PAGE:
February 25, 2021
Dear Mr. Boston,
Thank you for contacting my office regarding the Equality Act. I appreciate hearing from you on this piece of legislation.
The Equality Act (H.R. 5) was introduced on February 18, 2021 to the U.S. House of Representatives. This legislation significantly expands the Civil Rights Act of 1964 to prohibit discrimination on the basis of sex, gender identity, and sexual orientation. While I admire efforts to end discrimination in this country and believe that the government should strive to protect all Americans’ basic human rights, the Equality Act is not the way forward.
First, the legislation is an example of federal government overreach. The federal government is not the most efficient or effective driver of change, nor should it be. When it institutes broad sweeping policies for the whole country, the federal government limits the ability of schools and communities to create individualized policies. Importantly, allowing local communities to fashion individualized responses to local problems will ensure that specific needs are addressed and allow the flexibility to address the particular complications of any one situation or case.
The Equality Act also has religious liberty implications. The bill prevents religious schools, groups, and other organizations from creating policies that reflect their own sincerely held beliefs. The right to the free exercise of religion is fundamental to the idea of what it means to be an American. It is something that I will not vote to abridge as a United States Senator.
Additionally, this legislation would require that all schools, athletics, and businesses allow participation in what are typically activities restricted by biological sex to those who assume an alternate gender identity. There have already been a number of issues across the United States where policies of this sort are implemented. These problems are now isolated but would only increase in frequency should this policy become federal.
The House is scheduled to consider H.R. 5 on its floor the week of February 22, 2021. Should this bill come before the Senate, I will be sure to keep your comments in mind. Given the aforementioned concerns, I do not plan to support this bill in its current form.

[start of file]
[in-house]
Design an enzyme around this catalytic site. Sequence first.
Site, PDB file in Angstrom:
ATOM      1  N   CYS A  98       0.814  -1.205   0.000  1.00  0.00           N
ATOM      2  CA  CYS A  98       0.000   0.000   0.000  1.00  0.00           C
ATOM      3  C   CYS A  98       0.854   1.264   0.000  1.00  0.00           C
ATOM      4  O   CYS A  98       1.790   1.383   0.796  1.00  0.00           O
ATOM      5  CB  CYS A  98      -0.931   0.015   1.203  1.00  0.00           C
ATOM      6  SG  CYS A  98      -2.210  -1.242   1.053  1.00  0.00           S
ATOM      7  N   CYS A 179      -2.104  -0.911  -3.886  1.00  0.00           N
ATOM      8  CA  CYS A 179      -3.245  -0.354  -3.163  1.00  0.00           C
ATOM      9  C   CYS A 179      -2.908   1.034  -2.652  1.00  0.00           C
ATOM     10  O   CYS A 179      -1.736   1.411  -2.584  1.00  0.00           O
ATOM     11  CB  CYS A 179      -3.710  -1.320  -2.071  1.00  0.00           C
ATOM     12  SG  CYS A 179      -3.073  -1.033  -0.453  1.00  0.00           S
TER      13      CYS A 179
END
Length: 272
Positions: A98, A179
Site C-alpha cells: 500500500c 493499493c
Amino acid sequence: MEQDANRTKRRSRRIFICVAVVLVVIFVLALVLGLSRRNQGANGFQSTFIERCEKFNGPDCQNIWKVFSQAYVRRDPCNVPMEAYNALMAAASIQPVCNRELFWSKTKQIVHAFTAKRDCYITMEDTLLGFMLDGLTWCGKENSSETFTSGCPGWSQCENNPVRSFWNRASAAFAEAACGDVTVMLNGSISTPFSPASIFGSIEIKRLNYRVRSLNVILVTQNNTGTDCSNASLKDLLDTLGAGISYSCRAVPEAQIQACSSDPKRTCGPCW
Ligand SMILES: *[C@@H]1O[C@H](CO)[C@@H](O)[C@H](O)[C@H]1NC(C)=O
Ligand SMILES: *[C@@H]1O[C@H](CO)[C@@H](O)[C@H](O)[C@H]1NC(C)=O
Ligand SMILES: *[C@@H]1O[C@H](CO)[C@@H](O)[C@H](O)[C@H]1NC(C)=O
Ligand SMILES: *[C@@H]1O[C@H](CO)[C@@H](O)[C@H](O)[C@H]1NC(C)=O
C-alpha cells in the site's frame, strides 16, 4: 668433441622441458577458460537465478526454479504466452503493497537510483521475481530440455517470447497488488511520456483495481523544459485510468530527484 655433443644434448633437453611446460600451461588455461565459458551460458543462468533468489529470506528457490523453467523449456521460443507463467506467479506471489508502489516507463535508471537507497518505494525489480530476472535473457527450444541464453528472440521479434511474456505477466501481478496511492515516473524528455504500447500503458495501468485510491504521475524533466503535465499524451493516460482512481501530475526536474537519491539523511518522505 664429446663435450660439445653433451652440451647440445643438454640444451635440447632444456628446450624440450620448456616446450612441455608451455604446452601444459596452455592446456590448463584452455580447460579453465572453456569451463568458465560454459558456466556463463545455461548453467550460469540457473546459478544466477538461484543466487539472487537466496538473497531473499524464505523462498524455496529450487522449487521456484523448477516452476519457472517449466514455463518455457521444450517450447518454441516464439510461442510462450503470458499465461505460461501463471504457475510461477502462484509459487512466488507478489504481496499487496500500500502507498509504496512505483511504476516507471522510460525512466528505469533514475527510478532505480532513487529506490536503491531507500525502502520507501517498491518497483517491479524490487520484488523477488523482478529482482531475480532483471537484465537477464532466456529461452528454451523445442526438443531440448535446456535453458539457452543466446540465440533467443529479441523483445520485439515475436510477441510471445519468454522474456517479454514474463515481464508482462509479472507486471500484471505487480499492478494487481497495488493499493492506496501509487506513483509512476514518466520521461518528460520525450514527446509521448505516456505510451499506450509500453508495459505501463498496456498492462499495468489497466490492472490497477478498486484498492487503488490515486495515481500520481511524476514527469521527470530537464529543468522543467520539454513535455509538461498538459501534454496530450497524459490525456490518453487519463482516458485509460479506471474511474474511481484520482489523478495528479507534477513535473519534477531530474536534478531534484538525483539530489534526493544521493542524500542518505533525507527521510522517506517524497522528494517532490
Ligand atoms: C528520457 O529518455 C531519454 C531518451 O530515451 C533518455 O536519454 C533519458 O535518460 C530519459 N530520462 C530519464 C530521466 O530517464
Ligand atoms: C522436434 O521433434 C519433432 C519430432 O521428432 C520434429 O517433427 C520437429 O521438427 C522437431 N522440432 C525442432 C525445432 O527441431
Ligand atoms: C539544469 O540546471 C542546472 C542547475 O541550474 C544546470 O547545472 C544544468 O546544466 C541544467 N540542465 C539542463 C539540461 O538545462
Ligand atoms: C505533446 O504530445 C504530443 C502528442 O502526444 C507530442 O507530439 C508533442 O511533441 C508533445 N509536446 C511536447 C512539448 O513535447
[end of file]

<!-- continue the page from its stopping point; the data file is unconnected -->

Thank you for contacting me. It is an honor to serve as your U.S. Senator from Indiana. Please keep in touch with me on issues of concern to you. You can also follow me on Twitter or Facebook for real-time updates on my activities in the U.S. Senate. If I ever may be of service, please do not hesitate to contact me.
P.S. This message was sent by email to save taxpayer dollars.
February 25, 2021
Dear Mr. Boston,
Thank you for contacting my office regarding H.R. 5, a bill that would amend the Civil Rights Law Act of 1964 to include “sexual orientation” and “gender identity” along with race, sex, and religion as protected classes in federal anti-discrimination law. I strongly oppose this legislation, and I welcome the opportunity to respond.
I wholeheartedly agree that this bill is a blatant violation of Americans’ safety, privacy, and civil liberties and that is why I voted no on H.R. 5. This bill takes discrimination out the realm of the objective, observable characteristics and redefines discrimination—not in terms of fact, but of perception of ideology, forcing all Americans to conform to the beliefs of liberal politicians in D.C.
As a man of faith, there is a zero percent chance I would support a bill that limits our nation’s founding principles of freedom of religion, conscience, and speech. We are a nation that allows and embraces diverse thoughts and opinions, but this bill would grant special privileges to individuals at the expense of the freedoms of others. Americans would be forced to forgo their deeply held religious beliefs. This means requiring healthcare professional to perform procedures that violate their moral convictions and taking federal funds away from thousands of houses of worship, schools, and charities—the establishments that make up the fabric of our Hoosier community—solely because of their beliefs. That is not equality.
As your representative in Congress, I am committed to preserving Hoosiers’ right to express and practice their faith and returning the federal government to the limits of the Constitution. If you would like to speak further regarding my position on H.R. 5, please call my Washington D.C. office at 202-225-3021. It is an honor to serve Hoosiers of Indiana’s Sixth Congressional District. You can visit my website at www.pence.house.gov to learn more about how I am representing you in Congress.
Member of Congress